Orleans Parish School Board Member Ashley Writes Open Letter To Mayoral Candidates

Ethan Ashley

NEW ORLEANS – Ethan Ashley, Orleans Parish School Board Member, District 2, contributed the following open letter to Mayoral candidates City Councilwoman LaToya Cantrell and Judge Desiree Charbonnet entitled “Making New Orleans a Child-Centered City:”


         “You can tell the state of a nation by the condition of its children.”

– Martin Luther King, Jr.


         As we set a vision for our great city, our children must be a top priority. Imagine a city that provides a safe environment where our youth can develop emotionally, mentally and physically. This city would provide a multitude of recreational and academic activities for our youth. Systems would support our youth’s engagement civically and economically in the sustainability and growth of our city. Healthy food options would be available in every neighborhood and educational experiences and exposure activities would be provided to youth to empower them to reach and achieve success despite their socio-economic background. Overall, New Orleans would be a proactive environment meeting the needs of our youth. This is the vision of a child-centered city and our next mayor must wholeheartedly believe and invest in creating it.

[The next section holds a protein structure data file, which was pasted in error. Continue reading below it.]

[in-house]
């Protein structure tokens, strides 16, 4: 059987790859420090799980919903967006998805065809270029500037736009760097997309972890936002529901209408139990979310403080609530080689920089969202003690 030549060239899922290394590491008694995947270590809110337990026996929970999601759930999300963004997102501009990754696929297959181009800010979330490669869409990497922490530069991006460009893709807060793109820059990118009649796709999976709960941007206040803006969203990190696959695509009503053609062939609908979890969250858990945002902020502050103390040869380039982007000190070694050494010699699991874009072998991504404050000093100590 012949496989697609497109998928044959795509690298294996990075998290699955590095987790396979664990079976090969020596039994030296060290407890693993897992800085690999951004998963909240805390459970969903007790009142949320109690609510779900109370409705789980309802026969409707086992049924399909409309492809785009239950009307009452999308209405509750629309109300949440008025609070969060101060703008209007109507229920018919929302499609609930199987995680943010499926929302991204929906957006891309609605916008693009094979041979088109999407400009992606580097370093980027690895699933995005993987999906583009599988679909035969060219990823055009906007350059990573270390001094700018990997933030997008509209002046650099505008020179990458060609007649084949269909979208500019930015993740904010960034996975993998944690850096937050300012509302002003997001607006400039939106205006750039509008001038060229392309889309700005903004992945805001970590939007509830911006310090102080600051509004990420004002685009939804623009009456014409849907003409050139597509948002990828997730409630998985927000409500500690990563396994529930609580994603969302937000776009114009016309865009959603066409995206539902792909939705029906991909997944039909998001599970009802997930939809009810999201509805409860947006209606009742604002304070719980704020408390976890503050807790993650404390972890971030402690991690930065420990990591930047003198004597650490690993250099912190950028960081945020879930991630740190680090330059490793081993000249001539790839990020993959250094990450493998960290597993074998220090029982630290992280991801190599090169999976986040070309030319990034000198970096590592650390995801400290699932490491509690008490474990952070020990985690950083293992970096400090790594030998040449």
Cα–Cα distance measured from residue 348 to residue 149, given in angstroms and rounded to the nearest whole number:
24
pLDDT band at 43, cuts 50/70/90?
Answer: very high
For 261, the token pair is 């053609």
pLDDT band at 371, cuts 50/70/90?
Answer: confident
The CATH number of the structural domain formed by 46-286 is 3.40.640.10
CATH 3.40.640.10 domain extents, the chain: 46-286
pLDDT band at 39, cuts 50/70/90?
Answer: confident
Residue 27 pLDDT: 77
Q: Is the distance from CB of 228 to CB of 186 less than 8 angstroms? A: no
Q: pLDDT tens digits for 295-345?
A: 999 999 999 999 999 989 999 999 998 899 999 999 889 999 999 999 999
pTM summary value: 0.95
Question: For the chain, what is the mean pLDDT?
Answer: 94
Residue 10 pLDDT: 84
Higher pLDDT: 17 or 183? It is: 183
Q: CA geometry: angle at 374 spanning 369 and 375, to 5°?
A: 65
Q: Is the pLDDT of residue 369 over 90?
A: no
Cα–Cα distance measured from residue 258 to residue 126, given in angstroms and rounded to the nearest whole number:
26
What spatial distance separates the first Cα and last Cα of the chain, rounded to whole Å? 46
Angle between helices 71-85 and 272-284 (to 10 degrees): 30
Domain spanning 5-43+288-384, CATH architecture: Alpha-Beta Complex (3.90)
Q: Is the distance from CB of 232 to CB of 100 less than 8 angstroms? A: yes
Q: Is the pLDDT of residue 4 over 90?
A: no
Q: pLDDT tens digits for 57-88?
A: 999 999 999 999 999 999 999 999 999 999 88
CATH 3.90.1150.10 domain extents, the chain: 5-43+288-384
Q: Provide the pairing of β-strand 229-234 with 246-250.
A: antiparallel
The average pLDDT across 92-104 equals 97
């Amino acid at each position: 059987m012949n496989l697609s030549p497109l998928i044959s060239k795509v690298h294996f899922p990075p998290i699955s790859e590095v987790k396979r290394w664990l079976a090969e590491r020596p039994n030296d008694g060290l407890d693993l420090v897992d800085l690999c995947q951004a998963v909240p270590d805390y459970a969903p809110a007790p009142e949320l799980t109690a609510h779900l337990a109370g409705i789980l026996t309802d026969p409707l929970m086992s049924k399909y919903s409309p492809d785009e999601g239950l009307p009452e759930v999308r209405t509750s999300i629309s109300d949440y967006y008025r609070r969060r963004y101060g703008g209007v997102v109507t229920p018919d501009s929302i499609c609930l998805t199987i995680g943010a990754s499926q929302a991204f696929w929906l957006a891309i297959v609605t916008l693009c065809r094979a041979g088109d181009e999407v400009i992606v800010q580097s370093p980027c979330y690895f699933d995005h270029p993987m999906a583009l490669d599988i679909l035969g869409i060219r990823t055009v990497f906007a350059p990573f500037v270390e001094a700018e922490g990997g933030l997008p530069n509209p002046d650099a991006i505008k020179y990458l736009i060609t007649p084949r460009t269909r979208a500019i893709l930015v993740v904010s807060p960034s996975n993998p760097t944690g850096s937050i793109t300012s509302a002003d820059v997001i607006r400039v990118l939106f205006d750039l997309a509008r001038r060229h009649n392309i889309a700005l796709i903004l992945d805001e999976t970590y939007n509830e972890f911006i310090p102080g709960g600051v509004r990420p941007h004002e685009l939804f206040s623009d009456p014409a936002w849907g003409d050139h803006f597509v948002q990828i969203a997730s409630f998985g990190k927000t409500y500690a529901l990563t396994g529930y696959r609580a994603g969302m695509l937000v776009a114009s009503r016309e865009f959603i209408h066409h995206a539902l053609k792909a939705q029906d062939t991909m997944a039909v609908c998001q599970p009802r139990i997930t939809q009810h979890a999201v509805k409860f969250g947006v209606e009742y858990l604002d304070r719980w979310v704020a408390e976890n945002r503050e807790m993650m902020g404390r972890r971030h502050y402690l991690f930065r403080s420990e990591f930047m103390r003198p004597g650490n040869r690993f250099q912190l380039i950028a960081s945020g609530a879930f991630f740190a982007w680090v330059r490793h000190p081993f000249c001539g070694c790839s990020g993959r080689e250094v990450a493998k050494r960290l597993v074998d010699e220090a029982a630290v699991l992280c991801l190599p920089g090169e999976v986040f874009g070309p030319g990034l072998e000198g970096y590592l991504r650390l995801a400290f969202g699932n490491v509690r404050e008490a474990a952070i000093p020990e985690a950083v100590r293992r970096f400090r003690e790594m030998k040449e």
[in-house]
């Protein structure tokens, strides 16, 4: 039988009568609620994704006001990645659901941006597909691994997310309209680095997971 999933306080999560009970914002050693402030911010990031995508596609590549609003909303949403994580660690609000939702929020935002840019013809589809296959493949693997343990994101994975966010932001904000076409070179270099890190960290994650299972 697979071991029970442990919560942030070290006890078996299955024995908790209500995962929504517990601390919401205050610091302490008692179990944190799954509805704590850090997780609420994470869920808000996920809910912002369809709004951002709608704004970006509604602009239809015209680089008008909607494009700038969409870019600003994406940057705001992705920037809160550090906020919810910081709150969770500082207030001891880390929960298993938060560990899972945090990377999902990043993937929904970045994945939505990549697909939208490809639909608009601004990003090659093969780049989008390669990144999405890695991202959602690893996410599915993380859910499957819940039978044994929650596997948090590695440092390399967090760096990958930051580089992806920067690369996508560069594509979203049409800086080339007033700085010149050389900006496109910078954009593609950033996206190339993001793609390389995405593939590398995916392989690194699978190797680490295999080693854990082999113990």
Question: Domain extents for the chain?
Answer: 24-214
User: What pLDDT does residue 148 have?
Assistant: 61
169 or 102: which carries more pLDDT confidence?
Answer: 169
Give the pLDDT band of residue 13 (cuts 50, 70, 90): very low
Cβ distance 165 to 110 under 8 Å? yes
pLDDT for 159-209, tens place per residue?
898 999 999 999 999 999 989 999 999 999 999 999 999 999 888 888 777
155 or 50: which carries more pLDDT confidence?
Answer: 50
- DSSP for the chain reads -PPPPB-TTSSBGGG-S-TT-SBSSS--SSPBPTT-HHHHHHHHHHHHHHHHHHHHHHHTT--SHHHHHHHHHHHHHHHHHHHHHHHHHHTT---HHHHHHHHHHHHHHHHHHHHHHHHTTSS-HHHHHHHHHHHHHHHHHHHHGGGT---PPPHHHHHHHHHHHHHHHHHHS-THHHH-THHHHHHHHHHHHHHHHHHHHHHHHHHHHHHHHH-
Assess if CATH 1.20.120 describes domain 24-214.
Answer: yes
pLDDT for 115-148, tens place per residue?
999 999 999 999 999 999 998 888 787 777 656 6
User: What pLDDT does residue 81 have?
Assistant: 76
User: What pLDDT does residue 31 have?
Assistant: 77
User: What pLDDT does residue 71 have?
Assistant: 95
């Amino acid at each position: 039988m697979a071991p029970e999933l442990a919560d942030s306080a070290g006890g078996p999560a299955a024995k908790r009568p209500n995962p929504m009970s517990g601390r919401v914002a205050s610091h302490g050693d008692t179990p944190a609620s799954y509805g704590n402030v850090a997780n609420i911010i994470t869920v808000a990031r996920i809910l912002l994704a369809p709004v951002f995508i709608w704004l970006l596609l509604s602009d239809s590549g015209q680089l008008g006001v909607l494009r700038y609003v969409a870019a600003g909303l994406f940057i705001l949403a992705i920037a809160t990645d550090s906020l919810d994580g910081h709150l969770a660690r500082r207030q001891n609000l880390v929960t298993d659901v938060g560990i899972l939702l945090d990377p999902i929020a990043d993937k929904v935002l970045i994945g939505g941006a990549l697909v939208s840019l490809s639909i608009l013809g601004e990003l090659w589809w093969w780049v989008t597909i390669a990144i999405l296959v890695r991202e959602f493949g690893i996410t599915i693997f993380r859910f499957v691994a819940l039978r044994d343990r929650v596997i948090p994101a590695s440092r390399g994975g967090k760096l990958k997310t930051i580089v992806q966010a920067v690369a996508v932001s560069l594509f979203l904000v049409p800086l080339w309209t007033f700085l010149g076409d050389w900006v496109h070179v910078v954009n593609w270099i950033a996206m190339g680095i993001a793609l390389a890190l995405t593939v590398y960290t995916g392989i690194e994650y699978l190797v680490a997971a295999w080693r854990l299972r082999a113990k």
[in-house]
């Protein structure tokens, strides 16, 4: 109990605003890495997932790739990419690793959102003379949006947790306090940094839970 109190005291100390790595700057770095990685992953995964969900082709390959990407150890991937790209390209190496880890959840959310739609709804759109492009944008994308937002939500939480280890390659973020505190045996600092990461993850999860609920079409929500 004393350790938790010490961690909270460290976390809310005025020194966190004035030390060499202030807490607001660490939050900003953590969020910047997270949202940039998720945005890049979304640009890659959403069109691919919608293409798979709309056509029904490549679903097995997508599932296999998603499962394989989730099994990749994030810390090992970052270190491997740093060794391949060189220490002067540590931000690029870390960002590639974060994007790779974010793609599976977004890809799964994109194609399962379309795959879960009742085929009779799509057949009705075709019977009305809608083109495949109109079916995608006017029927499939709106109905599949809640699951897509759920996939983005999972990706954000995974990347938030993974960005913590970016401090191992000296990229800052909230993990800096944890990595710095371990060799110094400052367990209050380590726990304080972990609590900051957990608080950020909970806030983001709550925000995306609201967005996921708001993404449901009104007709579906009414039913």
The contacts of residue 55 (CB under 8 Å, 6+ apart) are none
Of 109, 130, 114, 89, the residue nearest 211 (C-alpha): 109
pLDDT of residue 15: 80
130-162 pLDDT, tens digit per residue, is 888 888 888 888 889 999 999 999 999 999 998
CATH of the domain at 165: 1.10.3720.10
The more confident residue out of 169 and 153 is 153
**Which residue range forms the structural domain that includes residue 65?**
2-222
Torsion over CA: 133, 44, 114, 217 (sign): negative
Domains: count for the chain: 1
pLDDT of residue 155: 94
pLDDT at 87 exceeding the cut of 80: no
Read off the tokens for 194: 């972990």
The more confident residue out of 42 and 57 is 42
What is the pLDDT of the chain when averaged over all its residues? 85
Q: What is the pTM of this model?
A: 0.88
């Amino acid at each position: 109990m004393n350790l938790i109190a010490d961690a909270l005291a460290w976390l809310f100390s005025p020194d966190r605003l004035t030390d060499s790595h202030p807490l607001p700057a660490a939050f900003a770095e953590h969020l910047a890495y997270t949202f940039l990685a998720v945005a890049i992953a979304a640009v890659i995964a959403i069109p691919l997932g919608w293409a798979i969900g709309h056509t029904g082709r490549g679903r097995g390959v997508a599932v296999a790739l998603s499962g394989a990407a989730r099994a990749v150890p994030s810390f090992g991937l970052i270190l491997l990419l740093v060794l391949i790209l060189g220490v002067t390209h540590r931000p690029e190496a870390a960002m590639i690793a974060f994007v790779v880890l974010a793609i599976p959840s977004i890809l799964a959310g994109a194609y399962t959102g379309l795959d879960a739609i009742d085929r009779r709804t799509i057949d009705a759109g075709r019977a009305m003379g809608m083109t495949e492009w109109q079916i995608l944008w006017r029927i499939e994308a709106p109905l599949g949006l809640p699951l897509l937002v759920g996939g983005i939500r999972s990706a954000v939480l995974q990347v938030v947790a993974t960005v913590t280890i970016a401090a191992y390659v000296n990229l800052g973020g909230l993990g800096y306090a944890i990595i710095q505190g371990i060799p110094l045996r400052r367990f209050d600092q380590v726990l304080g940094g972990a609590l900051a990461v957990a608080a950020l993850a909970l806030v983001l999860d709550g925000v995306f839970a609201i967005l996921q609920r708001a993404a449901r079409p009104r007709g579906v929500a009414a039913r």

We can no longer afford to have New Orleanians make the tough decision to move from our great city because of the lack of health services, safety, jobs, and educational opportunities available for their children. We need a mayor who will commit to diverting and raising resources for the expansion of programs for early childhood education and literacy. We need a leader who is willing to invest money in job creation, vocational training, civics, entrepreneurial training, and mentorship for our youth. We need a visionary who will support the expansion of our youth diversionary and restorative justice programs in coordination with our juvenile court system. We also need a mayor who can inspire the public-private partnerships needed to ensure that the creation of coordinated trauma-informed care and mental health services are made available for our youth and their families.

         Only a mayor who is invested in creating a solid infrastructure for our youth by coordinating services and service providers, raising and leveraging funds in support of youth opportunities and early childhood education, investing in policies that positively impact our youth, and supporting the sustainability and expansion of existing effective data-driven youth programming will be successful in creating a child-centered city. Overall, we need a leader who will start building a pipeline of access to opportunity and leadership for our youth.

         If we focus our resources on our youth, we can change the trajectory of our city. It is not difficult to imagine a New Orleans where students are consistently prepared for post-secondary education, where the high level of educational attainment attracts new businesses to our thriving city, and where violence and incarceration rates significantly decrease. That vision of our city can only be realized with intentional focus on our children.